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Půlnoční vlny : příběh z Malazské…
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Půlnoční vlny : příběh z Malazské knihy Padlých (edition 2007)

by Steven Erikson

Series: Malazan Book of the Fallen (5), World of Malaz (Book of the Fallen 5), Malazan Chronology (6)

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2,083445,965 (4.25)62
After decades of warfare, the five tribes of the Tiste Edur have united under the rule of the Warlock King of Hiroth. But peace has been exacted at a terrible price - a pact made with a hidden power whose motives are at best suspect, at worst deadly. For destiny has decreed that the Tiste Edur must fall.… (more)
Member:mimildak
Title:Půlnoční vlny : příběh z Malazské knihy Padlých
Authors:Steven Erikson
Info:Praha : Talpress, 2007
Collections:Your library
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Midnight Tides by Steven Erikson

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» See also 62 mentions

English (43)  Slovak (1)  All languages (44)
Showing 1-5 of 43 (next | show all)
Introduces some fantastic new characters to the series, as many people will tell you. Took a while for me to get into the new continent, but it really picks up as it goes on. Several memorable characters in here who I loved reading about (Brys, Tehol, Trull to name three). ( )
  EdwardL95 | Jan 7, 2020 |
The second half of this book is amazing, and if you can get through the first half it's worth the read.

The plot doesn't get started till 50% of the way through. Considering the length of the book, that means you have to read the equivalent of an entire novel before anything happens.

The book is constantly see-sawing in tone. One moment there's slapstick comedy, the next there's Hamlet style tragedy. It really doesn't mesh well at all.

The anti-capitalist stance starts interesting, becomes hilarious in it's persistence, then starts to seriously annoy as it continues, and at the end I can't help but think that it was some sort of reverse psychology, designed to make you pro-capitalist. That, or Erikson owed the bank a lot of money.

Overall, an interesting story but the worst book in the series so far. ( )
  Fardo | Oct 15, 2019 |
Still quite good on the re-read. The second read has not improved as much as the first few books, but it was still a very enjoyable read, especially if you remember at least a few of the plot twists coming in the end and thus can properly appreciate the foreshadowing. ( )
  malexmave | Oct 3, 2019 |
“Destiny is a lie. Destiny is justification for atrocity. It is the means by which murderers armour themselves against reprimand. It is a word intended to stand in place of ethics, denying all moral context.”

This book was a pretty interesting contrast to the previous books. Where the first four books told a pretty consistent story, this one drops just about every previously introduced character, save one, and tells a completely different story.

Now, this is no criticism. I really liked the Tiste Edur and their ways, and the Letherii are a good mirror of some of the Problems the real world currently has, in my opinion.

All of the characters were characterized very well, and, as always, there were the usual 'wait, what?'-Moments that every book so far has provided, but that cannot be explained here, for obvious reasons (They would hardly be 'wait, what?' after I explained them).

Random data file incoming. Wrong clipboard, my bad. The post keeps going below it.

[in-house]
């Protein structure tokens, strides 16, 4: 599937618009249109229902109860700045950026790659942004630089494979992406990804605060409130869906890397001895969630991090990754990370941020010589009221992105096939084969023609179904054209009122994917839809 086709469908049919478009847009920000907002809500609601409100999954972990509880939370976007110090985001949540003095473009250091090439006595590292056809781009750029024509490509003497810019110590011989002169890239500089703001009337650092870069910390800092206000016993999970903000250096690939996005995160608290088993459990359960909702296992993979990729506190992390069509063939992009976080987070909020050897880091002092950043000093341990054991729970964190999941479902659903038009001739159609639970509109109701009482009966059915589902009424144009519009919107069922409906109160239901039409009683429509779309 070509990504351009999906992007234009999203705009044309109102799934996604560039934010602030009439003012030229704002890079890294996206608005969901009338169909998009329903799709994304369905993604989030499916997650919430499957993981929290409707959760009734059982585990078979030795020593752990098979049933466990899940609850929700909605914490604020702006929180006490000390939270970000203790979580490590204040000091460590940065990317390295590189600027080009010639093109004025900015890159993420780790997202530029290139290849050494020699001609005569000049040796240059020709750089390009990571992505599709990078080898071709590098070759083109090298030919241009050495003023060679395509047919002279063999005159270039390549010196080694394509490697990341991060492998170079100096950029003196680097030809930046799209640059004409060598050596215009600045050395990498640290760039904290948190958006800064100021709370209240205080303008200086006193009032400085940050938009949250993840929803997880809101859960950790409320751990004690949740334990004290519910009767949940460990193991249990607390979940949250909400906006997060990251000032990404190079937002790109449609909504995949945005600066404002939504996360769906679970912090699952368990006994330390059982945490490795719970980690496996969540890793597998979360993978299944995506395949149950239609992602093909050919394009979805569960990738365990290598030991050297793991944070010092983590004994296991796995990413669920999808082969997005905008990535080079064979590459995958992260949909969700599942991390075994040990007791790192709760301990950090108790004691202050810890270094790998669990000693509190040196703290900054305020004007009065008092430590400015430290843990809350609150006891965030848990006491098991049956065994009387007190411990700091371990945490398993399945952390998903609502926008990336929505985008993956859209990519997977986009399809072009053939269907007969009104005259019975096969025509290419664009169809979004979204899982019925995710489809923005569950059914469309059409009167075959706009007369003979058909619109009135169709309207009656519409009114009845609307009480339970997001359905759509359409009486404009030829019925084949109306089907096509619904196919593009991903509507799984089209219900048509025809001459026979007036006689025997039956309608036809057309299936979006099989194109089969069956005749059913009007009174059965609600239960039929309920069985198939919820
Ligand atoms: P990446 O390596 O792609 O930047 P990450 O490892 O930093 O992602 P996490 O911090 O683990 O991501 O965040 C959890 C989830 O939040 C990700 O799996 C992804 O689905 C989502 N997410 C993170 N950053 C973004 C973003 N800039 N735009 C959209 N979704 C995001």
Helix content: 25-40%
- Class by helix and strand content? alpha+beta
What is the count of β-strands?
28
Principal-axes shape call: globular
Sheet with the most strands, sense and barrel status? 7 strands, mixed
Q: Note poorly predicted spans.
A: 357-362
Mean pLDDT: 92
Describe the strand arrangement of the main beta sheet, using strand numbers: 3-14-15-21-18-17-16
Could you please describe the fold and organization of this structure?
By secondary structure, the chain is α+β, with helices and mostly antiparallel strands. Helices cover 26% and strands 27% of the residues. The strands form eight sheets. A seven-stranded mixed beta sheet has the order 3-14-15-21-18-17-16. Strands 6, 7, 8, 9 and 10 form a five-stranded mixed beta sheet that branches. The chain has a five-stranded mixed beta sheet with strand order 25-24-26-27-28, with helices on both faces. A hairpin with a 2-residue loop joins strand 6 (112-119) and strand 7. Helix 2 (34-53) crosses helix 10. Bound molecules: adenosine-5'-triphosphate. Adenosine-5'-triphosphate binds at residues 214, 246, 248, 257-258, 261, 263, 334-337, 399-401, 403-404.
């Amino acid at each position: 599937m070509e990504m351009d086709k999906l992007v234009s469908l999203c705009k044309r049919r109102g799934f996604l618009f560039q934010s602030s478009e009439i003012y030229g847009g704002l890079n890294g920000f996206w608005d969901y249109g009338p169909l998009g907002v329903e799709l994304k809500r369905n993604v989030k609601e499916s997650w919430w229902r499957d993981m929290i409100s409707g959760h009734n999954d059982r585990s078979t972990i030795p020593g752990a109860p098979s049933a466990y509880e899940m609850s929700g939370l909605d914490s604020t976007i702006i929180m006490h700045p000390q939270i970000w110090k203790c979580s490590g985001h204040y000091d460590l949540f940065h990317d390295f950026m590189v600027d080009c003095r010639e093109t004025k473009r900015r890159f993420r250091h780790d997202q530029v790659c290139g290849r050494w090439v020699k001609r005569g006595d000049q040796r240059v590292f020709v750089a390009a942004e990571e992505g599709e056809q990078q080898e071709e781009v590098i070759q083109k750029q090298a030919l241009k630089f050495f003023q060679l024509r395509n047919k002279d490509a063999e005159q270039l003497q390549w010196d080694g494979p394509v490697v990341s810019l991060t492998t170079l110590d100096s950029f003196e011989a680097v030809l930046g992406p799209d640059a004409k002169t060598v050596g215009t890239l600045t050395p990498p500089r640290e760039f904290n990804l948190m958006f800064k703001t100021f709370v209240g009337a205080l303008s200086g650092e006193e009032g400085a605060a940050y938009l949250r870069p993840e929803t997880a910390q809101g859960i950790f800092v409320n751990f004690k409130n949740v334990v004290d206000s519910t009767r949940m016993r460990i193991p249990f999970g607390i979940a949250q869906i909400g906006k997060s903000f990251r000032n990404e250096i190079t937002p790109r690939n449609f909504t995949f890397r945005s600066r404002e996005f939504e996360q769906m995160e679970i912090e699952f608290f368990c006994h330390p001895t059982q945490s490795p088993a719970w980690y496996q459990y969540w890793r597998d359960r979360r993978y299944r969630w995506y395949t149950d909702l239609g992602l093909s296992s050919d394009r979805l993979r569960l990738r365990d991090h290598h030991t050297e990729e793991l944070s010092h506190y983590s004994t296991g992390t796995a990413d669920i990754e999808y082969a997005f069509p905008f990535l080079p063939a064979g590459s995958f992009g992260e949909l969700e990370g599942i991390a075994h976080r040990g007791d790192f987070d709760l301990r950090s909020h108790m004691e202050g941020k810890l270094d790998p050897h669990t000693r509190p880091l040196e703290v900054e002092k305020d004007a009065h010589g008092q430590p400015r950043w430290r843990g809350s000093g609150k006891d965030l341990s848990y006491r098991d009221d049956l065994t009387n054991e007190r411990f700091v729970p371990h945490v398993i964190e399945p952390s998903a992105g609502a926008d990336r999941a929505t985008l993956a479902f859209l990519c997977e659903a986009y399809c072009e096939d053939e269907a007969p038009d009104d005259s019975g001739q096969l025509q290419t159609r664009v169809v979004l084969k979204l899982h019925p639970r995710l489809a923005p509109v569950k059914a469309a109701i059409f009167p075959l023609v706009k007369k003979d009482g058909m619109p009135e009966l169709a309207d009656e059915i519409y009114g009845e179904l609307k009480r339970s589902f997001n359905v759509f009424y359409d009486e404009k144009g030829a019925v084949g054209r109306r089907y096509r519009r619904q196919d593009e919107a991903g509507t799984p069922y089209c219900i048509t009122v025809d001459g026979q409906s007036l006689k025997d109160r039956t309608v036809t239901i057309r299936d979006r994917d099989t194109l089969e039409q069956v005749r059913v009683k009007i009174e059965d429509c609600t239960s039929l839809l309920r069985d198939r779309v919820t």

So, why four stars? As always, I have several reasons. This book has the usual Malazan-Problem: It is getting better after you finished the first 300 pages, but those can sometimes be quite a drag. It took me about a month to get through them, while I read the remaining pages 380 within less than a week. Also, you probably need a whiteboard and constant notetaking to understand everything. I always found myself wanting to look characters up in the previous books, and while that is in itself a good thing, it is getting annoying if you don't understand every twist because you can't quite remember which race person X from book Y is. There are also some other reasons I can't quite pin, and the book, while good, is one of the weaker Malazan books so far. It is still well worth reading, if you can live with some excessive violence (Nasty sorcery and sometimes even nastier regular violence). Just expect to not be sucked in as much as usual.

I am still looking forward to reading the remaining parts of the Series, and I will have a lot of time to do that soon. Maybe I'll understand more if I can read a book in two days instead of two months. ( )
  malexmave | Oct 3, 2019 |
Malazan Book of the Fallen #5 ( )
  Ronald.Marcil | Jul 7, 2019 |
Showing 1-5 of 43 (next | show all)
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Author nameRoleType of authorWork?Status
Steven Eriksonprimary authorall editionscalculated
Lockwood, ToddCover artistsecondary authorsome editionsconfirmed
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Epigraph
Dedication
To Christopher Porozny
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From the twisting, smoke-filled clouds, blood rained down.
Quotations
"Every worthwhile plan is diabolical."
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(Click to show. Warning: May contain spoilers.)
Disambiguation notice
For the German-language version of the series 'Das Spiel der Götter', this book was split into two volumes - 'Kinder des Schattens' (2005) ISBN 3-442-24298-3 and
'Die Gezeiten der Nacht' (2005) ISBN 3-442-24403-X
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After decades of warfare, the five tribes of the Tiste Edur have united under the rule of the Warlock King of Hiroth. But peace has been exacted at a terrible price - a pact made with a hidden power whose motives are at best suspect, at worst deadly. For destiny has decreed that the Tiste Edur must fall.

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